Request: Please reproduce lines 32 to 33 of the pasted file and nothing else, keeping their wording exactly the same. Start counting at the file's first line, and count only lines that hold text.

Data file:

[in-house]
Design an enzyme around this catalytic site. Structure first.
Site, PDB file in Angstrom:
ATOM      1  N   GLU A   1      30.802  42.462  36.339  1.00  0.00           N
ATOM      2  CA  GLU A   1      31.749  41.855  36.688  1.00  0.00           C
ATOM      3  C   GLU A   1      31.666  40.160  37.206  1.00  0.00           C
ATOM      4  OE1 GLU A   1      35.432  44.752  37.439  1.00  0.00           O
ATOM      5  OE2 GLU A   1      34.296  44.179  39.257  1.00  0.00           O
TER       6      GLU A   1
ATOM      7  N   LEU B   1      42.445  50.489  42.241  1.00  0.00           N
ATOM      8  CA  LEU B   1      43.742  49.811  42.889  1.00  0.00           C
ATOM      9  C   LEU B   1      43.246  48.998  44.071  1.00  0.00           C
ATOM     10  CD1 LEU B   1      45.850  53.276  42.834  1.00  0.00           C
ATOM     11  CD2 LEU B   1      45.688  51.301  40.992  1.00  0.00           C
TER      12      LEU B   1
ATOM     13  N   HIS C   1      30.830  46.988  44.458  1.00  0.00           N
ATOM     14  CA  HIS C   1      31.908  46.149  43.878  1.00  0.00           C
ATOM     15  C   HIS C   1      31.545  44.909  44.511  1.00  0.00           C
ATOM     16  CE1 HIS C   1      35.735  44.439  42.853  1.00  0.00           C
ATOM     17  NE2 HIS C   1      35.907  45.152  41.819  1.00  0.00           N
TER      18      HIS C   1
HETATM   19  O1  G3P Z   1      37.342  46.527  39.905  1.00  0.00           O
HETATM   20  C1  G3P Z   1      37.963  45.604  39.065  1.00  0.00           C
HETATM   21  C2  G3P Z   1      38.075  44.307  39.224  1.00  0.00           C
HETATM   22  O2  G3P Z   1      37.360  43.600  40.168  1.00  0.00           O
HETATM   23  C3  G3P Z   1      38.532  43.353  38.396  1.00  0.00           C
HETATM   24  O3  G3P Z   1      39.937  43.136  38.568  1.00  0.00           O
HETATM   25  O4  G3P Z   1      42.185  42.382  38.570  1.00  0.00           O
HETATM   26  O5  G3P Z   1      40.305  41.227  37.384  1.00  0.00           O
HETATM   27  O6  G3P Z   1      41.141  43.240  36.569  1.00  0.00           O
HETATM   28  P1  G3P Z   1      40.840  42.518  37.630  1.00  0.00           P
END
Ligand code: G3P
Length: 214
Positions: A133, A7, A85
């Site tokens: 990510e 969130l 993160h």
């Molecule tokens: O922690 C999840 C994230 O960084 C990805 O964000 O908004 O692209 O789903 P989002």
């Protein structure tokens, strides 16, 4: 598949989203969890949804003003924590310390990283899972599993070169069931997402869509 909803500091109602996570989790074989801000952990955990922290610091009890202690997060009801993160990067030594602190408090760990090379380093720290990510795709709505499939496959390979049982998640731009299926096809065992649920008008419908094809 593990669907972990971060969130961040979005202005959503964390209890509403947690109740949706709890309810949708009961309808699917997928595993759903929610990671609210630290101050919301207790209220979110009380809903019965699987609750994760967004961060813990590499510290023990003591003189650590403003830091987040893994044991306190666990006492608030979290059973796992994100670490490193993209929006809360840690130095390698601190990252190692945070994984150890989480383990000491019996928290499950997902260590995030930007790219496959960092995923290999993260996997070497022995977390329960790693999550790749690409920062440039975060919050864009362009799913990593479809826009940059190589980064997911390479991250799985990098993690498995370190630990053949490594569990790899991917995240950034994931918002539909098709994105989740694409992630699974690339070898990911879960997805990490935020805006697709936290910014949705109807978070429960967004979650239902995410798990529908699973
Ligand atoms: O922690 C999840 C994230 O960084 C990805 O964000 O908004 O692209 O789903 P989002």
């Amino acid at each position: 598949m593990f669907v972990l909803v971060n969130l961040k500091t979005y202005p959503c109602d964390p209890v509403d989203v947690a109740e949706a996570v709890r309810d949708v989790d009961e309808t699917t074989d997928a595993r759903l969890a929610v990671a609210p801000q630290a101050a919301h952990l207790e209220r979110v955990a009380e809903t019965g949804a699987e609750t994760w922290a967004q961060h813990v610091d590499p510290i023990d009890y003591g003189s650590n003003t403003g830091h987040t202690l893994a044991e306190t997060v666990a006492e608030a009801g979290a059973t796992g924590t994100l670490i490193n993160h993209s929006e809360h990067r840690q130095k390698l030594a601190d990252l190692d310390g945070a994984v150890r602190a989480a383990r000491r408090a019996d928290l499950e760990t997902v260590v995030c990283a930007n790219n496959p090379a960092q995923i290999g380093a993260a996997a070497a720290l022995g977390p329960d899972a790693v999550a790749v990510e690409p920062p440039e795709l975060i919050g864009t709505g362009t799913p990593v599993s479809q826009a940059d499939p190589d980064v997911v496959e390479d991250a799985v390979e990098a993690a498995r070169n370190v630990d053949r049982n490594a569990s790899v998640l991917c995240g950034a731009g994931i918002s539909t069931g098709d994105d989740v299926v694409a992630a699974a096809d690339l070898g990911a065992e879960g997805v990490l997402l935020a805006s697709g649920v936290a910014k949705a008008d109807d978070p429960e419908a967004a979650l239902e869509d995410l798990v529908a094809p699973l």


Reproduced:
END
Ligand code: G3P